Nice work if you can get it, and to get it your dad better be vice president. If all that alone does not meet the test of impropriety, we need a new test. Hunter Biden’s value to clients was his perceived access to the White House. His father Joe was at least a passive participant in the scheme, maybe more than that.

    The problem was many Americans never heard this story. Twitter led a social media charge to not allow the information online. After years of salivating on every bit of Trump family gossip, MSM claimed the Biden story did not matter, or was Russian disinfo. Surveys suggest the information could have swung the election. One showed enough voters in battleground states would have not voted for Joe Biden that Trump would have scored 311 electoral votes and re-election.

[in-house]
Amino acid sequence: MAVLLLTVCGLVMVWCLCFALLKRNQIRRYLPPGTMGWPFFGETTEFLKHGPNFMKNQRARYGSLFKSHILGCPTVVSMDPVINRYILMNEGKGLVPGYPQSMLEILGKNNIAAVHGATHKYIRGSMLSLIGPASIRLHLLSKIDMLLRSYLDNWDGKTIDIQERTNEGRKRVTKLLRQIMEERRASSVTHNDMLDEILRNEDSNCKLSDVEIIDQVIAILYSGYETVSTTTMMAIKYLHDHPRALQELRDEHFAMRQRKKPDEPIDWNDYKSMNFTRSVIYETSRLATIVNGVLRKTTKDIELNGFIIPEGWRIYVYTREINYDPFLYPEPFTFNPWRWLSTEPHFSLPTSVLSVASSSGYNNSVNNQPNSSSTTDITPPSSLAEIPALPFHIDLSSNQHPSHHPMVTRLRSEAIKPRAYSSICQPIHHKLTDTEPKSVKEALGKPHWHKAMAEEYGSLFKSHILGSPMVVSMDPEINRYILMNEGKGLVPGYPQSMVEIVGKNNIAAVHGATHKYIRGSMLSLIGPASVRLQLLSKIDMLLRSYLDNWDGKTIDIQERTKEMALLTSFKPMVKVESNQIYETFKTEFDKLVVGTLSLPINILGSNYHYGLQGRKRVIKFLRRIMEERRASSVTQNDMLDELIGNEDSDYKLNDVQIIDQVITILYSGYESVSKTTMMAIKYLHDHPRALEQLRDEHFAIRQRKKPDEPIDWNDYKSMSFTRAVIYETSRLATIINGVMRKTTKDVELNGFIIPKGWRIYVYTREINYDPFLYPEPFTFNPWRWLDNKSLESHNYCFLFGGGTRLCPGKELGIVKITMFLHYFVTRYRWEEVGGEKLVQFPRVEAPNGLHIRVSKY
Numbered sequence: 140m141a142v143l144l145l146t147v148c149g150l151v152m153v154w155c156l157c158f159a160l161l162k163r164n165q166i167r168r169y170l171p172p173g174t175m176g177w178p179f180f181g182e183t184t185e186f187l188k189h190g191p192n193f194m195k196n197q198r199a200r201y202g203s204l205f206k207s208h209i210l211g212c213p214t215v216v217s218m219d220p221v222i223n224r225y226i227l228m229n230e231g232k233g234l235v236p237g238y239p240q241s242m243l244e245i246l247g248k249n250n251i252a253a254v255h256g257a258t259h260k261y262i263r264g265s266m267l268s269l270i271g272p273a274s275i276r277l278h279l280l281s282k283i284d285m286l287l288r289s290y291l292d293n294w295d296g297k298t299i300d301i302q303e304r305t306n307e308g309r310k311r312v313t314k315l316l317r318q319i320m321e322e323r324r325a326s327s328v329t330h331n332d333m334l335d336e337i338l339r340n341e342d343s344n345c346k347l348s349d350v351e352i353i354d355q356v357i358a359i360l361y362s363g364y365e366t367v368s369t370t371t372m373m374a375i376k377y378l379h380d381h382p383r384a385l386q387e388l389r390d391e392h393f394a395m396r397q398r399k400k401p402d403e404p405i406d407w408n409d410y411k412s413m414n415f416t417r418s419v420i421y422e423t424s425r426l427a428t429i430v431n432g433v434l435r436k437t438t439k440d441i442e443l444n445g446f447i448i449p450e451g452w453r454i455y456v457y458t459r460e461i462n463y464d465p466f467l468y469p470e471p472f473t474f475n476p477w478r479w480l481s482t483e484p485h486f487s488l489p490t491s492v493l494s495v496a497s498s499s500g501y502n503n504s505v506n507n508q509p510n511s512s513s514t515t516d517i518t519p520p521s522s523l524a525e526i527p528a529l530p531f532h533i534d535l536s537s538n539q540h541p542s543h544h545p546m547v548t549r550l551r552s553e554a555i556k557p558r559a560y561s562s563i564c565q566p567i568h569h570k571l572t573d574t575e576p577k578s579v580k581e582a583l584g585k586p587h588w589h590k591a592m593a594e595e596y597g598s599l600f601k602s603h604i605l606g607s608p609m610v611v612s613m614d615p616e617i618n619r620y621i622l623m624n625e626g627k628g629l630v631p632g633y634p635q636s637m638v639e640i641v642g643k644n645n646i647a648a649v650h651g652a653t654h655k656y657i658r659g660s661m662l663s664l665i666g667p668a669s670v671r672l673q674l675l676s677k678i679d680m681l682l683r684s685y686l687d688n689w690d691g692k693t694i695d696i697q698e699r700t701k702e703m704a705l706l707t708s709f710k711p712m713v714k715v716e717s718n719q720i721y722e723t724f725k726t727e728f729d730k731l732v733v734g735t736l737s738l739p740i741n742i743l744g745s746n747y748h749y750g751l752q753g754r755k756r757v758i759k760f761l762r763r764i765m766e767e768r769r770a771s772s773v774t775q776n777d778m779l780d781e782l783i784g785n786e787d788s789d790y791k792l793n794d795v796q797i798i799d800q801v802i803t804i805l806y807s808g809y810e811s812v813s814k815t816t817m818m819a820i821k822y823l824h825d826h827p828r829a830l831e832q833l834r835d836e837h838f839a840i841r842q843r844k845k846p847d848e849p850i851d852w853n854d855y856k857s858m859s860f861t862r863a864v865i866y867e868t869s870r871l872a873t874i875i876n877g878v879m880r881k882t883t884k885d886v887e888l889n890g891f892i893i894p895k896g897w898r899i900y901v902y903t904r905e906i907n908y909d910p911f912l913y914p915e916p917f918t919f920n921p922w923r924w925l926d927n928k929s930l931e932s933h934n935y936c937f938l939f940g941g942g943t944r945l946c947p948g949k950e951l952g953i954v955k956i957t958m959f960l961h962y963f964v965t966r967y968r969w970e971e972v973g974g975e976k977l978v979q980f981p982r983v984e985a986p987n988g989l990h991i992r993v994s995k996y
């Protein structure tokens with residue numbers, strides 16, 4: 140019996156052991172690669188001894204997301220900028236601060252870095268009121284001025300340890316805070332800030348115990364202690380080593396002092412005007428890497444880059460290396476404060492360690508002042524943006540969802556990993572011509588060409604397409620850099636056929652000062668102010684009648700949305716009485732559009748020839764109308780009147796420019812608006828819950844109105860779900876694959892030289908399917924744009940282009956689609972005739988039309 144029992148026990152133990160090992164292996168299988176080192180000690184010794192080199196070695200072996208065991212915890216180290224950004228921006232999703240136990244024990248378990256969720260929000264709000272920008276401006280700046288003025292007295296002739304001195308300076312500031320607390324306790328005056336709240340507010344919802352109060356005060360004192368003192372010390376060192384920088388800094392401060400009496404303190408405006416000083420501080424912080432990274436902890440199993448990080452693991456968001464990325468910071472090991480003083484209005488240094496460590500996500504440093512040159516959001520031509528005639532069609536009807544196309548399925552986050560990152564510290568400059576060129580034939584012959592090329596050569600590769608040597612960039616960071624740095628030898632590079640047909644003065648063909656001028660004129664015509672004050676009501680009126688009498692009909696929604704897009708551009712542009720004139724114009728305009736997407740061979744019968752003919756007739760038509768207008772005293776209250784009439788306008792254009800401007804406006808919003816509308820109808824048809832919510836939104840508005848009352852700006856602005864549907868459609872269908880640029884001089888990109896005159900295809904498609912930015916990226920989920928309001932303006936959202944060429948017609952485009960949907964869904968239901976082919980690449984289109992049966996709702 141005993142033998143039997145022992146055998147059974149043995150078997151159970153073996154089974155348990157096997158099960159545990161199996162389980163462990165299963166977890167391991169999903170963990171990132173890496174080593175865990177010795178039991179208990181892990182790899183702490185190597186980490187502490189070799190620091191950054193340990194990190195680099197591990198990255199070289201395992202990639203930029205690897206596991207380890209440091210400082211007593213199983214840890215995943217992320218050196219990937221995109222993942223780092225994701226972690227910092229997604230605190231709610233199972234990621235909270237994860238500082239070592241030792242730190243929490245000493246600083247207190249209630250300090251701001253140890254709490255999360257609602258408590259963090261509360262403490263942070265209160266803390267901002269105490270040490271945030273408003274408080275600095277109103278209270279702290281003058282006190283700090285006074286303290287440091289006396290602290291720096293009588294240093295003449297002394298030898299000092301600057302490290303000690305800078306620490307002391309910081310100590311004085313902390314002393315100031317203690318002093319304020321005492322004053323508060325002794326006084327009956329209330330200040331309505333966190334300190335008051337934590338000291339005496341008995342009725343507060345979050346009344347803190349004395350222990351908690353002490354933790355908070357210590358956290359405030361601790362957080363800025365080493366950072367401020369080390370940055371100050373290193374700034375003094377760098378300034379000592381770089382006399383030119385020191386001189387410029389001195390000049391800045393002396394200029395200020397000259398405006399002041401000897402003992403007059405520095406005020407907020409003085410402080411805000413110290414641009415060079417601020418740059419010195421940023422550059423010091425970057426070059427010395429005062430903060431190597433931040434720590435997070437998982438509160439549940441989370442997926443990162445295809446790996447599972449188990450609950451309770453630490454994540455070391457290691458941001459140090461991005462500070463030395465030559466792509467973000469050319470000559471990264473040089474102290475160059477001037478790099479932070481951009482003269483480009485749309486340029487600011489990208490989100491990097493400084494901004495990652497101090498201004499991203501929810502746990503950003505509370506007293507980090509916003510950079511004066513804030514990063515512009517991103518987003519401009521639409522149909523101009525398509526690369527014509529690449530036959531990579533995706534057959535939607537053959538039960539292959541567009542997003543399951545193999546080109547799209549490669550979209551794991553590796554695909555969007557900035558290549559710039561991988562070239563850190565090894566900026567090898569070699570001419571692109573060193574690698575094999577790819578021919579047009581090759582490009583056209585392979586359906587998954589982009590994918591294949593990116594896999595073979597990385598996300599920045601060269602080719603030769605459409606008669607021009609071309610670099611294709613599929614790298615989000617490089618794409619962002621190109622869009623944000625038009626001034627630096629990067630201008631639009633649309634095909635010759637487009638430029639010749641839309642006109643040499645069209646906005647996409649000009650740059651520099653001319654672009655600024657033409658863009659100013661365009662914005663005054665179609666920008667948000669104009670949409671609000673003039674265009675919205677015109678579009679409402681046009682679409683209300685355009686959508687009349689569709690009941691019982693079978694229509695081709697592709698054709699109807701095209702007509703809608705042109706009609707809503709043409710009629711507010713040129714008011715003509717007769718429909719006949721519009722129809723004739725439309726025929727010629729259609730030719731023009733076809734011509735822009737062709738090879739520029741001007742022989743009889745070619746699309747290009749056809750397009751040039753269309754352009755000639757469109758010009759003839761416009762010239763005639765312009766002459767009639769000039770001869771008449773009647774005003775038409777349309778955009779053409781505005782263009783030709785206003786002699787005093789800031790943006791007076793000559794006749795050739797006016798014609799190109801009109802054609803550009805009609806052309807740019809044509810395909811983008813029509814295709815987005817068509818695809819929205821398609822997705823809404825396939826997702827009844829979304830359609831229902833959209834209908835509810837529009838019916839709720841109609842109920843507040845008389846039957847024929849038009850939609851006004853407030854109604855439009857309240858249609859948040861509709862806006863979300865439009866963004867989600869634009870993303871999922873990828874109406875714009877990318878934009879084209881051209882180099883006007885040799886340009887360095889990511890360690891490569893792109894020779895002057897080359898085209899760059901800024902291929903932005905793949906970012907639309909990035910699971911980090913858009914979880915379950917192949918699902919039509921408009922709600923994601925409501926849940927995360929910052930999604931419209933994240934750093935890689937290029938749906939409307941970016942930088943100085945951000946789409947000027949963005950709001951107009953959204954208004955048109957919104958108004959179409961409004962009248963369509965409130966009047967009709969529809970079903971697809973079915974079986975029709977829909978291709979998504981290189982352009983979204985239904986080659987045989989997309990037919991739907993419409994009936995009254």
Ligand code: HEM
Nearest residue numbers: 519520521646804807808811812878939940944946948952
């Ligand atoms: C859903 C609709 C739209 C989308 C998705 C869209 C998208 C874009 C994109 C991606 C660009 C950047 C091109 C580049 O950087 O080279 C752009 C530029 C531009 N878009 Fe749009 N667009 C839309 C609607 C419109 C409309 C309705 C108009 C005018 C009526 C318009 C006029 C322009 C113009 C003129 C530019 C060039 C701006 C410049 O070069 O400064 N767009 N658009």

No mind really. As soon as it became clear Joe Biden was going to win, the media on all sides lost interest in the laptop. The story became about the story. It devolved into think pieces about the Orwellian role of social media and some online giggling about the Hunter Biden sex tapes on the laptop. But our short attention spans have consequences. The laptop still has a lot to tell us.

    Hunter’s laptop was chock-a-block with video that appears to show Hunter smoking crack while engaged in a sex act with a woman, as well as numerous other sexually explicit images. There’s evidence there Hunter spent money on escorts, some $21k on cam sites, big plays on all sorts of depravities. There is also Joe’s car insurance information, Hunter’s SSN, pages of call logs, and lots of email addresses, bank account numbers, and personal information of prominent people. None of the material is encrypted, just dumped on a standard MacBook Pro using the password “Hunter02.” The machine was regularly connected to the Internet and might as well have had an electronic sign on it saying “My dad is important, here’s what you’ll need to blackmail me and others to get to him.”